Two rare £5 notes issued in the mid-19th Century have been sold at auction for £1,057.
Towns often printed their own bank notes in the 19th Century
The money from the Weymouth Old Bank lay undiscovered in a trunk for years and only came to light when a garage was cleared out.
The bank, located on St Thomas Street in Weymouth, caused great financial hardship when it folded in 1897.
The notes were bought by a private collector on Thursday afternoon at Duke's Auctioneers in Dorchester.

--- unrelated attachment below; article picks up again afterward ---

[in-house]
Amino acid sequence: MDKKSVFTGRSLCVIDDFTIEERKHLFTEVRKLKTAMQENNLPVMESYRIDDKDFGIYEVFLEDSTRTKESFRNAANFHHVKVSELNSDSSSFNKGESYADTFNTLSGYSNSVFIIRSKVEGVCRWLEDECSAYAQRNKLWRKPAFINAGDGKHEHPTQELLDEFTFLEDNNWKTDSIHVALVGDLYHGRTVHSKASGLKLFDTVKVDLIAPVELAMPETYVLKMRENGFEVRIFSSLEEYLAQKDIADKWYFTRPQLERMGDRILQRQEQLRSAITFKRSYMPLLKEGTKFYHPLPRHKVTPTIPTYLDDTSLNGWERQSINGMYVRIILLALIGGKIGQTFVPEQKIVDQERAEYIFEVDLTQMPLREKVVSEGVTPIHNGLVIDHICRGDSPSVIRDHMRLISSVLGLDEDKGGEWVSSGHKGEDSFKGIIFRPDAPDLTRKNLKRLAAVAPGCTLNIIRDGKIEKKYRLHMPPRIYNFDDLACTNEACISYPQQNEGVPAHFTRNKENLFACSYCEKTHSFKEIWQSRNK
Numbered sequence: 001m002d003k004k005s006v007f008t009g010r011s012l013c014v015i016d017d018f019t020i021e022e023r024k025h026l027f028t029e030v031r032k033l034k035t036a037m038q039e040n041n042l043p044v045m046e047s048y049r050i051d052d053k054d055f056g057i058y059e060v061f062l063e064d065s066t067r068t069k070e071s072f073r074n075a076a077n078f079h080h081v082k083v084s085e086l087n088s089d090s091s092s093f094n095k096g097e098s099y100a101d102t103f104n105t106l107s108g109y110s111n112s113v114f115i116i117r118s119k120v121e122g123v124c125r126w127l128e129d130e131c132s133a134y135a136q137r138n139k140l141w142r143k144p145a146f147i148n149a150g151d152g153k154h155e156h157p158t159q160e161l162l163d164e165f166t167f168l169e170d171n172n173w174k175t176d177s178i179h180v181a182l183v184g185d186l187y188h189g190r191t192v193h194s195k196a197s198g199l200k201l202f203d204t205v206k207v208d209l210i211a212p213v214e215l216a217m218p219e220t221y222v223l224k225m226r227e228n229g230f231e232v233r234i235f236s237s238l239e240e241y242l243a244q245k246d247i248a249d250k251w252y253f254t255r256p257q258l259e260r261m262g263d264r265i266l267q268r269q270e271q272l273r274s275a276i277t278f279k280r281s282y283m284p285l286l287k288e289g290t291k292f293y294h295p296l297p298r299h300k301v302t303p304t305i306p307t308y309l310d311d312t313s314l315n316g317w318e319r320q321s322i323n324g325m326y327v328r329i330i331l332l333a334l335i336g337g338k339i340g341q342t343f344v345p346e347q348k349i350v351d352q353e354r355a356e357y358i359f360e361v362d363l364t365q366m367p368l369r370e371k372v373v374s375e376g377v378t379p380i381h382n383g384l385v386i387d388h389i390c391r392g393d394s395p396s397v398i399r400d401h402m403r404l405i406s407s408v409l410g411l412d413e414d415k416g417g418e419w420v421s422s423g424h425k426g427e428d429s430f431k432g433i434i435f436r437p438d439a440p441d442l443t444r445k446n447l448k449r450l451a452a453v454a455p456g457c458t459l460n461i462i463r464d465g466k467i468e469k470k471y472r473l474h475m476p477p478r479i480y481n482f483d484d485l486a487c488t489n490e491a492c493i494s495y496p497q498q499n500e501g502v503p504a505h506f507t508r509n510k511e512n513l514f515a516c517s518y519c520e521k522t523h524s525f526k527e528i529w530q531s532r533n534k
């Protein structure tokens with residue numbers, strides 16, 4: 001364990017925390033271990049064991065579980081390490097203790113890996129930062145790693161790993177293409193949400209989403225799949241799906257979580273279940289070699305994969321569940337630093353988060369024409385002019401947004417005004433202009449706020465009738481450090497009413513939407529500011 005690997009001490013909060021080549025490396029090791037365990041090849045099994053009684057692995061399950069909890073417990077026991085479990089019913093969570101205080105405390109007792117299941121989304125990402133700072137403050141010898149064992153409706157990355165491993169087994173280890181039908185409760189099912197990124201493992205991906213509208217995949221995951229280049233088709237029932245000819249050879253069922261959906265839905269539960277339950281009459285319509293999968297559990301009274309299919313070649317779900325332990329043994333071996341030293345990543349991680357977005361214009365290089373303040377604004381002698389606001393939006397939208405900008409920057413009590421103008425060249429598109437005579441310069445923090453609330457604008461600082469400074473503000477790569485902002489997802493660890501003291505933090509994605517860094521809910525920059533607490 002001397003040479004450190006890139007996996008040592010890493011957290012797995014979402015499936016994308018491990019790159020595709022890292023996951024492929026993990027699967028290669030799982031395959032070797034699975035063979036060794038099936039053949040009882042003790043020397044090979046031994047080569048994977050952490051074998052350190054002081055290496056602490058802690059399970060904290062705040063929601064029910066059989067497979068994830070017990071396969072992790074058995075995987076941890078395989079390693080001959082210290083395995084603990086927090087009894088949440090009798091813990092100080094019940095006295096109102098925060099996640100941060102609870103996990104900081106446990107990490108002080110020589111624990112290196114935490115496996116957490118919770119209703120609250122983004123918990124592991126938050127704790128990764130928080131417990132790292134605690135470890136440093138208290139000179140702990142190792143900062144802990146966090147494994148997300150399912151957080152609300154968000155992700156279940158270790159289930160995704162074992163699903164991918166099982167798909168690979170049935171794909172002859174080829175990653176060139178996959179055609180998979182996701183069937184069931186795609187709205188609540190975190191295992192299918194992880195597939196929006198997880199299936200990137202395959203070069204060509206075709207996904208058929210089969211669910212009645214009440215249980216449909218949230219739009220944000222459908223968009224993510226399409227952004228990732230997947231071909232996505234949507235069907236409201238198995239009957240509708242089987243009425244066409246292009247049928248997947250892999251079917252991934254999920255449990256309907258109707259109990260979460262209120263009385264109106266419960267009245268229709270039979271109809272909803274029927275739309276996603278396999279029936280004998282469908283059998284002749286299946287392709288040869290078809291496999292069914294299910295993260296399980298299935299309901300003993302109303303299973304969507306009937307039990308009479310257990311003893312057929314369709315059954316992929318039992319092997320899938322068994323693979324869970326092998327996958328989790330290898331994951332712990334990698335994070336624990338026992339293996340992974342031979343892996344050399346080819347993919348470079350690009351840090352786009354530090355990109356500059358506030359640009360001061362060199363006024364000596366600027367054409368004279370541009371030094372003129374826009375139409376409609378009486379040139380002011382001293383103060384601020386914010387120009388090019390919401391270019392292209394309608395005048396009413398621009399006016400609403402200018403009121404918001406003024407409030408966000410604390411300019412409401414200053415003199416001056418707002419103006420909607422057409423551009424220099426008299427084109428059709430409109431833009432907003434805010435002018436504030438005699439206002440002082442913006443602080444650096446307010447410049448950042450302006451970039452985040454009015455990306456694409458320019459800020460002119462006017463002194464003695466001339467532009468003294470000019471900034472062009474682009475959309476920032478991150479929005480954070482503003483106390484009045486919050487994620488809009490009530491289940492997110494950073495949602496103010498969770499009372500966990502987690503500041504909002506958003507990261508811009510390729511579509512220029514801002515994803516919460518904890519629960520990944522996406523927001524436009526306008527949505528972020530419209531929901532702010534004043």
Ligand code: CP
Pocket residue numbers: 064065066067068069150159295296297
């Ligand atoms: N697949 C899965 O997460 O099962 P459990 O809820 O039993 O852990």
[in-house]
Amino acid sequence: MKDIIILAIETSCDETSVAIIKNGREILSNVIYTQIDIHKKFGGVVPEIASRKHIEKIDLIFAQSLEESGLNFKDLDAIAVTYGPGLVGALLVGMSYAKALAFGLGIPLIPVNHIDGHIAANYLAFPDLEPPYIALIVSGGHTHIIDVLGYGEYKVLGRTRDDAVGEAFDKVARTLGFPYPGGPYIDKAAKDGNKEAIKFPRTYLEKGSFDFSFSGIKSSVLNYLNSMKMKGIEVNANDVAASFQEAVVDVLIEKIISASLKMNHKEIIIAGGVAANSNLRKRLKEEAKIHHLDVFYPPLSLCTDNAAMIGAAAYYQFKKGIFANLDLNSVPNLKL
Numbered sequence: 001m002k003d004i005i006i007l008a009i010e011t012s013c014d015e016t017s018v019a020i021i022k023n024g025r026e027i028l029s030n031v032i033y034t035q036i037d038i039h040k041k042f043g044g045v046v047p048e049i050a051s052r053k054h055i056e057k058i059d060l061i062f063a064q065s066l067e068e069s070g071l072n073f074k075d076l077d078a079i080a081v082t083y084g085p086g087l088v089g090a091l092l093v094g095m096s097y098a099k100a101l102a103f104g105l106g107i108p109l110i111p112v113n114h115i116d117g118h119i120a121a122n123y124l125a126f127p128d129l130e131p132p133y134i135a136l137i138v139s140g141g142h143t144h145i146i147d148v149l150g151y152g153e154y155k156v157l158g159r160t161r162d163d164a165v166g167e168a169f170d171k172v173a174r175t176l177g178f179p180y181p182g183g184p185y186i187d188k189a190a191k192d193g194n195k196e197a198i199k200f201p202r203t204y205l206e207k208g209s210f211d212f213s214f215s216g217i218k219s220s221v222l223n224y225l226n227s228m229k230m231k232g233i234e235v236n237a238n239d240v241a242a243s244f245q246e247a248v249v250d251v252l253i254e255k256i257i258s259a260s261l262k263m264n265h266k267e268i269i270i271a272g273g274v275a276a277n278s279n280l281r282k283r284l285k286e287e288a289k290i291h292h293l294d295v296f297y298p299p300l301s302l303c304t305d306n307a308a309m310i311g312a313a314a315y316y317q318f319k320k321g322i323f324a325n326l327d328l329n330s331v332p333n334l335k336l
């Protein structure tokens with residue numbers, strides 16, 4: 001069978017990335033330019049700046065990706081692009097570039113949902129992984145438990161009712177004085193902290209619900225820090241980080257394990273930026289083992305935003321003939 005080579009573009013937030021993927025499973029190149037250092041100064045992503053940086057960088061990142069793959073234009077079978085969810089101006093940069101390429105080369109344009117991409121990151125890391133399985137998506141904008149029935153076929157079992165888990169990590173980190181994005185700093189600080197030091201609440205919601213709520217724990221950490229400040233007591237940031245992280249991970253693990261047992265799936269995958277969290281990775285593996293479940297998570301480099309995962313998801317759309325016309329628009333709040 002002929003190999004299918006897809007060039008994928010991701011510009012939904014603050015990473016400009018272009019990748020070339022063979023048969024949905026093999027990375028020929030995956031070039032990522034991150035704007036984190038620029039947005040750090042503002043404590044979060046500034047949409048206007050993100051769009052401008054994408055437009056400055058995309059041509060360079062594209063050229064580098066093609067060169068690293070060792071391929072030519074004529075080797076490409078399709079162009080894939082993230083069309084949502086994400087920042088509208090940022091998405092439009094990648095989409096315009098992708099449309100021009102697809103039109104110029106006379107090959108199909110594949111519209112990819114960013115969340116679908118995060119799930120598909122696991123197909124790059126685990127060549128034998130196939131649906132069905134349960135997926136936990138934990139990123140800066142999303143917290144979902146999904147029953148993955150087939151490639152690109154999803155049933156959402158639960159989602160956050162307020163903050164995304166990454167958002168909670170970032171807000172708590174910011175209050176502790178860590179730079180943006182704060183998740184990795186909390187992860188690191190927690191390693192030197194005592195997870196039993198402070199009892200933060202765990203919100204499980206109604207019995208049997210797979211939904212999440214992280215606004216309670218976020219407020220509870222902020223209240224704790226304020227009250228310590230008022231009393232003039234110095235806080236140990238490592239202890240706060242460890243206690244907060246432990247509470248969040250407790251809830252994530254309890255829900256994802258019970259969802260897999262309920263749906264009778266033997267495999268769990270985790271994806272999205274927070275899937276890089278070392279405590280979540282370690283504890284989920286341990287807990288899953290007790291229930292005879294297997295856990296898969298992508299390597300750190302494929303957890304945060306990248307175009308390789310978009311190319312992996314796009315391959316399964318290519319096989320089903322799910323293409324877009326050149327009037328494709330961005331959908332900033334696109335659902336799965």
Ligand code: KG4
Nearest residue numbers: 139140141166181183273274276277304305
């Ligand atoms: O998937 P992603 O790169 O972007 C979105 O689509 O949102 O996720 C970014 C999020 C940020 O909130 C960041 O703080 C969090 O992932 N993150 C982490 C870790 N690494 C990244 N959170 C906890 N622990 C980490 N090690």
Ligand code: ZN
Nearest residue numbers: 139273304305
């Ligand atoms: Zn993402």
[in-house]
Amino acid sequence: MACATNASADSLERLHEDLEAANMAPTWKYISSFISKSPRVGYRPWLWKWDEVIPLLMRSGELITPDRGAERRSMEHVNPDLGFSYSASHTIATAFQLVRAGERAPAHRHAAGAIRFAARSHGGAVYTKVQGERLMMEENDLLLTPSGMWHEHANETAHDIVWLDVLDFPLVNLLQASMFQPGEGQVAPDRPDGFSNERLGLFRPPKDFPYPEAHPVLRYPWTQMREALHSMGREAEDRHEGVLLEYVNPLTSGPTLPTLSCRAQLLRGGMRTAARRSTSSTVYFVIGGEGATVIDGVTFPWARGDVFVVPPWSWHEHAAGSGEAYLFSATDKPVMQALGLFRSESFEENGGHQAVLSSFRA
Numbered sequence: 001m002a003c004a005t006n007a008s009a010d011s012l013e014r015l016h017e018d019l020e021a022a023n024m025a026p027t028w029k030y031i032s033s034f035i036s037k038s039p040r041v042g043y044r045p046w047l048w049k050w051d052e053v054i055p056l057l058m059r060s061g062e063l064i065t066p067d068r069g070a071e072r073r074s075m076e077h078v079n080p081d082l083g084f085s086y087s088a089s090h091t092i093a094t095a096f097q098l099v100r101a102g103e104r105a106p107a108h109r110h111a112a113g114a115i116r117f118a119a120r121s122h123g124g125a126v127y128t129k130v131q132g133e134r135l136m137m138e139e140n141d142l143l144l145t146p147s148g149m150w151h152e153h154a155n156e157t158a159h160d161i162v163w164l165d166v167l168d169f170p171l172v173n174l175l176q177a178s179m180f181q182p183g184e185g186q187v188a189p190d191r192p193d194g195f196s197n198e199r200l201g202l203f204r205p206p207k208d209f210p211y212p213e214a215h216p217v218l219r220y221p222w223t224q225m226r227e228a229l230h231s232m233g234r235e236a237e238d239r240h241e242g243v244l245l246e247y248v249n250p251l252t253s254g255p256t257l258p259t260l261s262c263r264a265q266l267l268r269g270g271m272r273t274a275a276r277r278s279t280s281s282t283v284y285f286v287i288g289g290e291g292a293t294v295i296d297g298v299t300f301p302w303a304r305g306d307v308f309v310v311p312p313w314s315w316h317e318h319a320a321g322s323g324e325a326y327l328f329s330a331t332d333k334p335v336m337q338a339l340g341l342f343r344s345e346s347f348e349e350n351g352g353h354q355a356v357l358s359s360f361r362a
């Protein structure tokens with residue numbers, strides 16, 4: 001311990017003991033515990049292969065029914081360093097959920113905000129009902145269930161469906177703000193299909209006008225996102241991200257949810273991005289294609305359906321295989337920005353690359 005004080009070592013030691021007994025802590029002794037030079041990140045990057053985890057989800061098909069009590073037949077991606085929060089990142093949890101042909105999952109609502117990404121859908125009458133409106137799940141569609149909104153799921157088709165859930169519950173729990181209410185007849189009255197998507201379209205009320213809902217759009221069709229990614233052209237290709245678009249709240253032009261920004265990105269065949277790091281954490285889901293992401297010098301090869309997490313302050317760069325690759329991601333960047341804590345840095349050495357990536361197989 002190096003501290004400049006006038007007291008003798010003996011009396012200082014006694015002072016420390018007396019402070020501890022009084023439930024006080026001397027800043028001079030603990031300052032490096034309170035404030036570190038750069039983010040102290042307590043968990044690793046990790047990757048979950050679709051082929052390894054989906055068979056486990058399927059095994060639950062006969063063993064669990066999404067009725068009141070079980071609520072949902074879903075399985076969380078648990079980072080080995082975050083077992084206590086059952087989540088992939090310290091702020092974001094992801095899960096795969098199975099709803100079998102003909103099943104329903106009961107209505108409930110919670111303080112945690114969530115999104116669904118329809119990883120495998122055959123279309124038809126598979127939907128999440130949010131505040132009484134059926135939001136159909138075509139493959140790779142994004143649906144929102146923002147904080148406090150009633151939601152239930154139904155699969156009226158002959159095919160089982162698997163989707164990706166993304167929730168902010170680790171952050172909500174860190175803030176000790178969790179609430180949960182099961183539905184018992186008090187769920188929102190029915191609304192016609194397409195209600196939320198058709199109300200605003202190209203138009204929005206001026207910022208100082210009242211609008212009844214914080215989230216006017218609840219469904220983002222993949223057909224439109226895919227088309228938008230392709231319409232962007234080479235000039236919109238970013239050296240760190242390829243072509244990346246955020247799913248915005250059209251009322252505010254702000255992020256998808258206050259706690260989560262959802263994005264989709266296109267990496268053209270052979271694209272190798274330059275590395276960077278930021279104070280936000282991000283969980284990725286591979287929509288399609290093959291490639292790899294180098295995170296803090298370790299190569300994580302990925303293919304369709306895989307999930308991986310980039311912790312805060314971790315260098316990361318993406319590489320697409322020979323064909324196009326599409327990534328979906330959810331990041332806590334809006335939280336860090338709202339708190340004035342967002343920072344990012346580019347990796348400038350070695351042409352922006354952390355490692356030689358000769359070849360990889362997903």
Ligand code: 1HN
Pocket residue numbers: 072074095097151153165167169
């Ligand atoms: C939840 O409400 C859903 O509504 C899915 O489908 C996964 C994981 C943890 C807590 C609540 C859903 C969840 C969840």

Deborah Doyle, valuer at the auctioneers, said: "A gentleman brought them into the sale room.
"He was clearing out a relative's garage and there was a trunk in the garage and these lay in the bottom of the trunk.
"They'd been there for several years - hence why they were in such good condition."
The Weymouth Old Bank founded in Weymouth in 1792.
At its peak it had branches in Portland, Dorchester and Bournemouth, but early in 1885 and within weeks of each other, the partners running the bank - William Eliot and Edward Pearce - both died.
It soon went bankrupt and creditors queued outside the bank's doors on Wednesday 31 March, 1897, - known locally as Black Wednesday - in a fruitless search for their lost money.
Local banks issued their own notes at the time because it was difficult to get hold of Bank of England notes.